My introduction to Medeski, Martin & Wood came about four and a half years ago while I was in New Orleans for a riverboat-cruise gig during one of the Jazz Fest weekends. I was driving to the dock with my drums and I happened to pass a JF event featuring MMW and Galactic. Furry, drunken third-generation hippies were sloshing out into the street and gamely doing a version of what I've come to believe is a Jerry G shuffle, knee-deep in the empty cups and keg beer oozing in front of the performance tent. The sight of Corona-swilling dolts in shorts, sandals, and tie-dyed T-shirts -- pardon the hippie-bashing -- choogling made me queasy, but I had the car windows down and the soundtrack to this beery bash was surprisingly smart and tuneful.
No meandering Widespread guitar boogie or forced Meters nostalgia (that patch would be best left to New Orleans' Galactic who are definitely not in the same class as the Meters when they had Ziggy Modeliste as their drummer apologies to Galactic Stanton Moore one decent drummer can't save a sinking, stinking jam-band ship with his pretty-tasty playing) wafted out of the speakers to accompany the vision in front of the tent. The closest comparison I could come up with was organist Jimmy Smith, who churned out a ton of "soul jazz" organ trio records in the '60s. Funky like Smith but with a bit better material than the cover versions Jimmy (or, more likely, his producers at Verve) picked for that endless string of albums he did back then. I pulled over and listened awhile until I had to leave for my sparsely attended riverboat throwdown. I made a mental note to not be prejudiced against a great-sounding band with such an ugly-looking audience.
And there's the rub or at least a question worth asking: How can such a rotten musical context (meaning the stank-hippie jam-band scene there I go again) give birth to such a sharp-sounding group like Medeski, Martin & Wood? A butt-burning question that this prejudiced geezer can't find a reasonable answer for. Maybe there's something wrong with my less than generous perception (you think so? duh) of this milieu. Perhaps indulging in endless, aimless solos with clattering rhythm sections that strain soooo hard to be funky is a worthy approach for bands trying to reach the bong-huffing, record-buying market currently ensconced in dorm rooms all across America. No matter what context MMW sprang from, they simply sound good and transcend any jam-band connotations. End of the hateful anti-hippie diatribe, I promise.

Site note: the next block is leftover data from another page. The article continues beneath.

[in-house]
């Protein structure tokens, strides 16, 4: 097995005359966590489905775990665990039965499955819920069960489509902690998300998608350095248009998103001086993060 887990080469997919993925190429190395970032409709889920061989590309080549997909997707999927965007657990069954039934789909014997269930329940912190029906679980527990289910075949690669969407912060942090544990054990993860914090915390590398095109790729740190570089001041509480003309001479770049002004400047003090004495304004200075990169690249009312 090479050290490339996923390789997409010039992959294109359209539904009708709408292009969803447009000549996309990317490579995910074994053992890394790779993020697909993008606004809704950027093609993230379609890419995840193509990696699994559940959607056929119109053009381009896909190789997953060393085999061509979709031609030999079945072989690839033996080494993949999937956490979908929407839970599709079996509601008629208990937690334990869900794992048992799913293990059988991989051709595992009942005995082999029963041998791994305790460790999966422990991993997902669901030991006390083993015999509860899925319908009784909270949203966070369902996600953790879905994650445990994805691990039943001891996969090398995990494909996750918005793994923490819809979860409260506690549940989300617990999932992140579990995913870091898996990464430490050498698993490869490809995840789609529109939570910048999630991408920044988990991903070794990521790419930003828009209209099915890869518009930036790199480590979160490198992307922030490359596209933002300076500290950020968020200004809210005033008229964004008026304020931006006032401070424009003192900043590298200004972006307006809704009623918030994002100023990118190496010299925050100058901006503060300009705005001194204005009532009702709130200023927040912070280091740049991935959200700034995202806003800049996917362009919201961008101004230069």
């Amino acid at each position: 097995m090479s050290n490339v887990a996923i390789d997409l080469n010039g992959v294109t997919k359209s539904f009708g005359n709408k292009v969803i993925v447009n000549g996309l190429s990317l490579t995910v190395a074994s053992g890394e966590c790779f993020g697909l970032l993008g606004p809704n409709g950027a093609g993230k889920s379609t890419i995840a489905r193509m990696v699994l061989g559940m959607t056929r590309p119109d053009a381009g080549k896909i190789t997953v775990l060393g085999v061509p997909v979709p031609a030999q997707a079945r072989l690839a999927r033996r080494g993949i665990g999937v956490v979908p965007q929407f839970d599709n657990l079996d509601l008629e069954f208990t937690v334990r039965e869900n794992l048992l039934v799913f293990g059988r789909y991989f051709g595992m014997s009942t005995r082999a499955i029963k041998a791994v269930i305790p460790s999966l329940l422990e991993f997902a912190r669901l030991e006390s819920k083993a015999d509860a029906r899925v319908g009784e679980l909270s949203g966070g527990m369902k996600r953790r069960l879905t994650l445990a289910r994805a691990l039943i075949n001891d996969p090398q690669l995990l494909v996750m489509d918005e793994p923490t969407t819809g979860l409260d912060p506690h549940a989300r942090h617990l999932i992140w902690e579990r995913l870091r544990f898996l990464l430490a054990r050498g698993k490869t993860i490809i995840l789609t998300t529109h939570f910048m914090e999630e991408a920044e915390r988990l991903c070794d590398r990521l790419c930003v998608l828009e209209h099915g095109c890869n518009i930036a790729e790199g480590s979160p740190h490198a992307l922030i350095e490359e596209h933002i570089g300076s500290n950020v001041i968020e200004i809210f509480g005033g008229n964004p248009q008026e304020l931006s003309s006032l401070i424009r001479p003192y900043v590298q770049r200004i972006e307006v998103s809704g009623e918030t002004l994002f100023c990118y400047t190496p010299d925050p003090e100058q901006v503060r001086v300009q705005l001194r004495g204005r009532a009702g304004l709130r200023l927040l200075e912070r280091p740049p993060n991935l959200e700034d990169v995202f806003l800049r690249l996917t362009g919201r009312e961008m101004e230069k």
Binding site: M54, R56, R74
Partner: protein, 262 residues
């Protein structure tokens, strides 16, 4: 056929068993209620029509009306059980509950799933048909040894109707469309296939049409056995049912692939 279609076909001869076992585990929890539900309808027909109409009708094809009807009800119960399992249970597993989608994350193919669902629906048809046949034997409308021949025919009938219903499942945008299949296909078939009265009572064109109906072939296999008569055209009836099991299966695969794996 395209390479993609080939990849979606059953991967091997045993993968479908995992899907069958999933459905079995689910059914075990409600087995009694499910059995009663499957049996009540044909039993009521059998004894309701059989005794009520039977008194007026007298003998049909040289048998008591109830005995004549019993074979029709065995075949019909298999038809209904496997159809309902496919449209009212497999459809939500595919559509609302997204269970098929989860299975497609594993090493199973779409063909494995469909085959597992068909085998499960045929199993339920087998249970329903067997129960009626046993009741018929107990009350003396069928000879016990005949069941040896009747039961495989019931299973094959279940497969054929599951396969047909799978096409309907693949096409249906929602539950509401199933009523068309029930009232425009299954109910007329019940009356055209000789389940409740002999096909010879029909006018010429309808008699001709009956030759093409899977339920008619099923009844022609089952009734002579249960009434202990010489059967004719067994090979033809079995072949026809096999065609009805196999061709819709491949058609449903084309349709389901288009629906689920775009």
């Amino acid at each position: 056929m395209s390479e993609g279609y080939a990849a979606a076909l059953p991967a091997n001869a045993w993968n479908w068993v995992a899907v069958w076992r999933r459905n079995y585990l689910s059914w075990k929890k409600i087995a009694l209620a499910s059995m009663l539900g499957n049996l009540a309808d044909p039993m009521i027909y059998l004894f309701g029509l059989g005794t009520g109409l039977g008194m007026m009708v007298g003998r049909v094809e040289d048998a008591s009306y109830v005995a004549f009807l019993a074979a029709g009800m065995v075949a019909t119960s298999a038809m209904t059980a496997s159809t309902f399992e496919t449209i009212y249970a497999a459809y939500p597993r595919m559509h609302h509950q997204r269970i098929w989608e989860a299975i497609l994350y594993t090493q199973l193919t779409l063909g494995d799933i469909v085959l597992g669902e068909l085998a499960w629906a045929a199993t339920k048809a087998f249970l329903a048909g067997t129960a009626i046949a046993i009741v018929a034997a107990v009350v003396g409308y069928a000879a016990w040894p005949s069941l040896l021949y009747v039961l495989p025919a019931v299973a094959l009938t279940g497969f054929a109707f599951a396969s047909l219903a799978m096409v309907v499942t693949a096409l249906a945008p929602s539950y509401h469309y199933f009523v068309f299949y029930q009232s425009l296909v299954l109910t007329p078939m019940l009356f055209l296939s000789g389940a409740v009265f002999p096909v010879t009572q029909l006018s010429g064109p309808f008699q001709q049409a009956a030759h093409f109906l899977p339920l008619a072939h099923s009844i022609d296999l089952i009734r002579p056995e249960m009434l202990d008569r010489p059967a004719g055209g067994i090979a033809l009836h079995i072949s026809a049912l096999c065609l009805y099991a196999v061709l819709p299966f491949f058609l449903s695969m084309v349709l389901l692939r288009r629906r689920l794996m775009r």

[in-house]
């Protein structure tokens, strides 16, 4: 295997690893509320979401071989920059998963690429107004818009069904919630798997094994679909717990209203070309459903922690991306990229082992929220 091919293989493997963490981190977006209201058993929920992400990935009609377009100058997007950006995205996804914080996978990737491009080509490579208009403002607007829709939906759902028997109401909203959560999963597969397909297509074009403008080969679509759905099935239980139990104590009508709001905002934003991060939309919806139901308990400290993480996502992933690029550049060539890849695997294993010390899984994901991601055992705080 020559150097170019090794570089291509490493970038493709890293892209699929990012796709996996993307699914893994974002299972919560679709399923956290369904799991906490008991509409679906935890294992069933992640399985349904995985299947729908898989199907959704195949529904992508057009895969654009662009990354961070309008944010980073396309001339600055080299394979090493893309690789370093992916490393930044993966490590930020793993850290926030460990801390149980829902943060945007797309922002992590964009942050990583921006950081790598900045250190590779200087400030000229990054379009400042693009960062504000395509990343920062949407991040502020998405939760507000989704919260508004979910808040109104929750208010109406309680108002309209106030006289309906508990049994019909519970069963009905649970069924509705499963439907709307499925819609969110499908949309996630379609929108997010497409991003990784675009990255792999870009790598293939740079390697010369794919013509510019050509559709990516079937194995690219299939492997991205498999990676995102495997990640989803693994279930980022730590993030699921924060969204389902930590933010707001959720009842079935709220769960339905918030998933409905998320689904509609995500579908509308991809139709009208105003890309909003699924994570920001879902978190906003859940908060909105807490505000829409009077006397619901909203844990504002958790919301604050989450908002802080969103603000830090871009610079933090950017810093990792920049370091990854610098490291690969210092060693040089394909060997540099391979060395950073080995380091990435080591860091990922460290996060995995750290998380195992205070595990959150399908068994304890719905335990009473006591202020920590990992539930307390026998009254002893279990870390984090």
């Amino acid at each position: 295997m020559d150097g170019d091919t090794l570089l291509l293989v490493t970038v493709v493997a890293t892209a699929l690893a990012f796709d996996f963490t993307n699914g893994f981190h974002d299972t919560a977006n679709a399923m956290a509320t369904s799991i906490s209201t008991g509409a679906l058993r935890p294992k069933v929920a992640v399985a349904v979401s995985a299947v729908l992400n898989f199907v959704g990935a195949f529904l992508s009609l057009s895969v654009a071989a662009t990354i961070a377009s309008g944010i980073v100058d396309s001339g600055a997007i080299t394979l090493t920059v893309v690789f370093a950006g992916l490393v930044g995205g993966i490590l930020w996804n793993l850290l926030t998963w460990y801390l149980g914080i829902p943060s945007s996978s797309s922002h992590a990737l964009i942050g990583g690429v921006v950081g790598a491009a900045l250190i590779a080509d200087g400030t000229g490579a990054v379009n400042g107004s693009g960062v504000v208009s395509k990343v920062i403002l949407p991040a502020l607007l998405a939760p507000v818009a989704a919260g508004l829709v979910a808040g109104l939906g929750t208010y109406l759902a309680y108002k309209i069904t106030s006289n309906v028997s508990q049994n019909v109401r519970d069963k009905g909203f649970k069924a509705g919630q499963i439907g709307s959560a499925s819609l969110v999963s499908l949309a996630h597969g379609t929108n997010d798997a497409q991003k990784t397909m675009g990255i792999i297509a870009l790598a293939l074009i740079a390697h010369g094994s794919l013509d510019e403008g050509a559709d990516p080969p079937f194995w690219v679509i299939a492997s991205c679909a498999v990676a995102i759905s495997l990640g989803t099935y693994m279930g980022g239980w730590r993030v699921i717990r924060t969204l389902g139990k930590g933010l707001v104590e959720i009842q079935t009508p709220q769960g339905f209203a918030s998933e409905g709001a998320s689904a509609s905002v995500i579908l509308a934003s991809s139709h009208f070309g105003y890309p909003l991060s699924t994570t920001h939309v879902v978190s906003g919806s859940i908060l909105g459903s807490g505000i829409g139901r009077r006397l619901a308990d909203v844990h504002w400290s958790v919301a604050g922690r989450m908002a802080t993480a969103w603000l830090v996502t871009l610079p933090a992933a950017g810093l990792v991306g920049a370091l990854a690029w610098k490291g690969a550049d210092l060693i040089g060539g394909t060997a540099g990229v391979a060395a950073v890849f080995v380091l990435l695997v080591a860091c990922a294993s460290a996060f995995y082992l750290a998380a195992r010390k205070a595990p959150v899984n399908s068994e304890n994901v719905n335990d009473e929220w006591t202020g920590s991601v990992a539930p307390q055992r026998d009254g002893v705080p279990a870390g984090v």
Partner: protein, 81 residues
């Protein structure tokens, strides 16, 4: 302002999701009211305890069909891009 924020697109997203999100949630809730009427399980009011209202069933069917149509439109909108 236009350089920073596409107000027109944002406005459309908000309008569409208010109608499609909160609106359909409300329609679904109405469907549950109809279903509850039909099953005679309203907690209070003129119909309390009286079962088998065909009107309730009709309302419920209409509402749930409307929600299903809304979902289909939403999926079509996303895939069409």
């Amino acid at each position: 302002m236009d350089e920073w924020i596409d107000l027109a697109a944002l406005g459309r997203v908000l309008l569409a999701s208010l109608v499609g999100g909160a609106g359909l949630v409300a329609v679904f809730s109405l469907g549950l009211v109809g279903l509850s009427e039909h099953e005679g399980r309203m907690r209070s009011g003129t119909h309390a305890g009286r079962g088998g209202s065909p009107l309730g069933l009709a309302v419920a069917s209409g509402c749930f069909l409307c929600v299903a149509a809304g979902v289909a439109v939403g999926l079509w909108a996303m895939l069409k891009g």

Okay, so what is it that separates MMW from the noodling, doodling crowd? What puts them head and shoulders above the 10-minute conga-solo brigade? First off, their rhythm section, Billy Martin on drums and Chris Wood on bass, plays together seamlessly in the way that Al Jackson Jr. and Duck Dunn did. (No, I'm not overstating this bass/drums combination here; they are as "locked-in" as Duck and Al were on their Stax stuff.) They know how to groove in an easy manner without driving a riff into the ground, and they always sound funky in an unforced way.
Their choice of instruments and the resulting tone probably have a lot to do with how different MMW sound from the rest of the pile-driving jam-band herd. Wood plays a Hofner Beatle bass (you know, the violin-shaped bass Paul McCartney played during most of his tenure with that group; in fact, he's still playing it 40 years later), which sounds warm and less than well-defined. No modern basses for this boy, no thumb-slapping of strings (ugh) either. Martin plays a vintage four-piece budget-line drum kit made by Rogers in the mid-'60s and uses only hi-hats and a ride as cymbals. No multi-tom kits with a dozen useless crash cymbals for Martin, just a basic drum set with no frills on which he plays the beat of a song and not much else. Martin cut his teeth playing with trumpet player Chuck Mangione in the '80s, so you have to surmise that pounding the tubs along to such horrible scra with the greasy-haired, bearded one prepared him to drum in such a tasteful, minimal way with MMW.
And then there's John Medeski on keyboards. More specifically, he plays organ, piano, and clavinet. He's not exactly a minimalist, more like a percussive keyboard player in the way that the melodic instrument players in James Brown's '60s touring band all played percussion lines. Everybody played drums in JB's band then, more or less. Medeski has been known to use a Hammond B-3 organ wash (à la Booker T. Jones, Steve Winwood, Garth Hudson, and even James Brown himself on the instrumental organ-led LPs he cut for Smash Records) in live performance. On record he plays simple, funky lines that perfectly complement Wood and Martin. His clavinet playing is particularly reminiscent of Sly Stone on There's A Riot Goin' On.
Their last four records for Blue Note (let's see, that's Combustication, the live Tonic, where they returned to an acoustic trio setup of piano/bass/drums, The Dropper, and this year's Uninvisible) have all sounded very much alike to these tired old ears. The Dropper had Marc Ribot on guitar, Tonic was all-acoustic, and Uninvisible had some horns, but they keep making the same good record over and over again. No objections to that practice from this hack. Prog rockers and earache experimentalists MMW ain't. If anything, they're the unlikely realization of one of blowhard Brian Eno's mid-'70s musical concepts -- grid-like music that sounds as if it has no beginning or ending. They are also very easy to dance to, so watch out for leadfooted, dirtbag hippies at the New Daisy on Saturday, December 7th. Just close your eyes and listen without prejudice.
New Daisy Theatre
Saturday, December 7th